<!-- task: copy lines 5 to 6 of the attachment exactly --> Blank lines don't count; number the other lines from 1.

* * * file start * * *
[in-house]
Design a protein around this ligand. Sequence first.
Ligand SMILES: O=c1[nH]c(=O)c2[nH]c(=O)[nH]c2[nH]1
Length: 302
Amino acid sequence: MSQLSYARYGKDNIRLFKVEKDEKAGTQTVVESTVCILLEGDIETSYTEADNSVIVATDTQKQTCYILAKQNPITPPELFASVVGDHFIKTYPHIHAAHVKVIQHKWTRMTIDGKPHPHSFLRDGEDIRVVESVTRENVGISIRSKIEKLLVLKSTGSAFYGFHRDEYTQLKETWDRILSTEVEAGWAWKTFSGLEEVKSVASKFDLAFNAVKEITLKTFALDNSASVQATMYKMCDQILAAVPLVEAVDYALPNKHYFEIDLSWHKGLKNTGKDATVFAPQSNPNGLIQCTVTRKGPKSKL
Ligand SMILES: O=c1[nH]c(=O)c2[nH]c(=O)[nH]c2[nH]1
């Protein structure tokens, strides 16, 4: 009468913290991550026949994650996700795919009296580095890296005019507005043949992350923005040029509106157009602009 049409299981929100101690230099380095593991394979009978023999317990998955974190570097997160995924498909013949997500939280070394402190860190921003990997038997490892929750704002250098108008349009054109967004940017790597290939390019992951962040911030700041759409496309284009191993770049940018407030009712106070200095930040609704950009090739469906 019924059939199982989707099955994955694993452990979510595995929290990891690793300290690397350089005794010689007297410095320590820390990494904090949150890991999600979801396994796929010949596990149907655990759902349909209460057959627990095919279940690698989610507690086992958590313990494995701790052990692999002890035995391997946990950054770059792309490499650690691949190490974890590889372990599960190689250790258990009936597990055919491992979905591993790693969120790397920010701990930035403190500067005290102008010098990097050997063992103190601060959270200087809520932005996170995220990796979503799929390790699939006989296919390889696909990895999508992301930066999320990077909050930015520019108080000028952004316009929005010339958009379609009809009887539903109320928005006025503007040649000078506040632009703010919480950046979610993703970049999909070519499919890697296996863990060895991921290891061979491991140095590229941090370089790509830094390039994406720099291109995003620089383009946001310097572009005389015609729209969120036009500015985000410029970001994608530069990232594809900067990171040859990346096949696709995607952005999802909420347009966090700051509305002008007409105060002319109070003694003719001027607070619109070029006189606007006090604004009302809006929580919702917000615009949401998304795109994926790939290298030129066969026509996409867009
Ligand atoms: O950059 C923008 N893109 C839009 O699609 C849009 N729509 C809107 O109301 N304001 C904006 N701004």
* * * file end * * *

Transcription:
Amino acid sequence: MSQLSYARYGKDNIRLFKVEKDEKAGTQTVVESTVCILLEGDIETSYTEADNSVIVATDTQKQTCYILAKQNPITPPELFASVVGDHFIKTYPHIHAAHVKVIQHKWTRMTIDGKPHPHSFLRDGEDIRVVESVTRENVGISIRSKIEKLLVLKSTGSAFYGFHRDEYTQLKETWDRILSTEVEAGWAWKTFSGLEEVKSVASKFDLAFNAVKEITLKTFALDNSASVQATMYKMCDQILAAVPLVEAVDYALPNKHYFEIDLSWHKGLKNTGKDATVFAPQSNPNGLIQCTVTRKGPKSKL
Ligand SMILES: O=c1[nH]c(=O)c2[nH]c(=O)[nH]c2[nH]1